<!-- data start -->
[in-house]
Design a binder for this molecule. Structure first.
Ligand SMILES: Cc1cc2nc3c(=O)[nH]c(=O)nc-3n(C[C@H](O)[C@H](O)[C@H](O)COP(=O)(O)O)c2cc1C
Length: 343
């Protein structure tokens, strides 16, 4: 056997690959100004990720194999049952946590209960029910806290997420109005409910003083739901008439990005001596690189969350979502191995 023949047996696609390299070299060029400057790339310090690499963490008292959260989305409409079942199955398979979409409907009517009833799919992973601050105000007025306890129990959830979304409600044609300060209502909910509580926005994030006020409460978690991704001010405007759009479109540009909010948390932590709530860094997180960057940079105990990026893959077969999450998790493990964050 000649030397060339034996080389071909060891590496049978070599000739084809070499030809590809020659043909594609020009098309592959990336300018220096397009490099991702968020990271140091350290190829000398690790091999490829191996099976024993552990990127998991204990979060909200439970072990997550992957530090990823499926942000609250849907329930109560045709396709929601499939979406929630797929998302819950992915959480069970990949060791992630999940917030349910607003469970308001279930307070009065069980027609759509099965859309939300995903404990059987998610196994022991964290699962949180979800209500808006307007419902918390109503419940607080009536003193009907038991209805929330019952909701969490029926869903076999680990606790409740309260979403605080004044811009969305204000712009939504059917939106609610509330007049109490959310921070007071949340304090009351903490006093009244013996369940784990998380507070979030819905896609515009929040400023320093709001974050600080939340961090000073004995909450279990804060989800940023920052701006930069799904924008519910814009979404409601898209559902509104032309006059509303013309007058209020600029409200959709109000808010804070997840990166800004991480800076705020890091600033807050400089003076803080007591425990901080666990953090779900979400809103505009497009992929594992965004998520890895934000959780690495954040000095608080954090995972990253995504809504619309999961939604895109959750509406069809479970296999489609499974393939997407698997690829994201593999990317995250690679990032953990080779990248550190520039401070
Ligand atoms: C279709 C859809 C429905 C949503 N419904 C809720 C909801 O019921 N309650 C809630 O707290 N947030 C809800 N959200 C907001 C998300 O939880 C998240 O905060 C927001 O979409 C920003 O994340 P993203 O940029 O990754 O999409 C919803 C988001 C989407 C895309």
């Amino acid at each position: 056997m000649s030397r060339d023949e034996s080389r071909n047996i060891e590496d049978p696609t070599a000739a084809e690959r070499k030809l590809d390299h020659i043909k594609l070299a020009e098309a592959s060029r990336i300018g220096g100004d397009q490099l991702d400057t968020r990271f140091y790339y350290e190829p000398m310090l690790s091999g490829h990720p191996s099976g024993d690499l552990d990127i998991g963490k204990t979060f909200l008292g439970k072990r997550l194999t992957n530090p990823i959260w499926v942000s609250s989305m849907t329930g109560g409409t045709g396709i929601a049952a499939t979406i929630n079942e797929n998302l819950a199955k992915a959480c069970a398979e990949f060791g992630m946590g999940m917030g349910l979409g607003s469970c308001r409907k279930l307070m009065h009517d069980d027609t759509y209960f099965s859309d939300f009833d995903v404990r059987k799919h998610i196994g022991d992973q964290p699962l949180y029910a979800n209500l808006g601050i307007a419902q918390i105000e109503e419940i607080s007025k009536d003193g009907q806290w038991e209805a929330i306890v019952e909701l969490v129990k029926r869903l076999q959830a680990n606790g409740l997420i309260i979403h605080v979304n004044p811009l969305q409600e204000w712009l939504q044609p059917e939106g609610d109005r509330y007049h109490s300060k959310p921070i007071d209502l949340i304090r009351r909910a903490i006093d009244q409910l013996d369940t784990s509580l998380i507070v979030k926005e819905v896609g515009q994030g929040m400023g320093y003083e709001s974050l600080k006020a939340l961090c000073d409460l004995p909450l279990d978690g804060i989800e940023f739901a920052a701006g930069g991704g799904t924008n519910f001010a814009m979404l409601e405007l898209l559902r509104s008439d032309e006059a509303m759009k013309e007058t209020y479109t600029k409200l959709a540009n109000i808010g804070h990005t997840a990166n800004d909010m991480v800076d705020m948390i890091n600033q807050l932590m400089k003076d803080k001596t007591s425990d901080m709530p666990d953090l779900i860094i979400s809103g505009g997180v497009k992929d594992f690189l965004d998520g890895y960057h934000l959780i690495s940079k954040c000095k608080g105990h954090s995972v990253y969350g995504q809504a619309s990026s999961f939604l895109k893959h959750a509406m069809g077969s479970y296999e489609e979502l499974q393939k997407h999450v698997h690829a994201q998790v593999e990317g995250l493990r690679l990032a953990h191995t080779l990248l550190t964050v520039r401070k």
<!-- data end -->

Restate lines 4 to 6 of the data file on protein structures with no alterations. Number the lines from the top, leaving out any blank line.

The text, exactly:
Length: 343
């Protein structure tokens, strides 16, 4: 056997690959100004990720194999049952946590209960029910806290997420109005409910003083739901008439990005001596690189969350979502191995 023949047996696609390299070299060029400057790339310090690499963490008292959260989305409409079942199955398979979409409907009517009833799919992973601050105000007025306890129990959830979304409600044609300060209502909910509580926005994030006020409460978690991704001010405007759009479109540009909010948390932590709530860094997180960057940079105990990026893959077969999450998790493990964050 000649030397060339034996080389071909060891590496049978070599000739084809070499030809590809020659043909594609020009098309592959990336300018220096397009490099991702968020990271140091350290190829000398690790091999490829191996099976024993552990990127998991204990979060909200439970072990997550992957530090990823499926942000609250849907329930109560045709396709929601499939979406929630797929998302819950992915959480069970990949060791992630999940917030349910607003469970308001279930307070009065069980027609759509099965859309939300995903404990059987998610196994022991964290699962949180979800209500808006307007419902918390109503419940607080009536003193009907038991209805929330019952909701969490029926869903076999680990606790409740309260979403605080004044811009969305204000712009939504059917939106609610509330007049109490959310921070007071949340304090009351903490006093009244013996369940784990998380507070979030819905896609515009929040400023320093709001974050600080939340961090000073004995909450279990804060989800940023920052701006930069799904924008519910814009979404409601898209559902509104032309006059509303013309007058209020600029409200959709109000808010804070997840990166800004991480800076705020890091600033807050400089003076803080007591425990901080666990953090779900979400809103505009497009992929594992965004998520890895934000959780690495954040000095608080954090995972990253995504809504619309999961939604895109959750509406069809479970296999489609499974393939997407698997690829994201593999990317995250690679990032953990080779990248550190520039401070
Ligand atoms: C279709 C859809 C429905 C949503 N419904 C809720 C909801 O019921 N309650 C809630 O707290 N947030 C809800 N959200 C907001 C998300 O939880 C998240 O905060 C927001 O979409 C920003 O994340 P993203 O940029 O990754 O999409 C919803 C988001 C989407 C895309």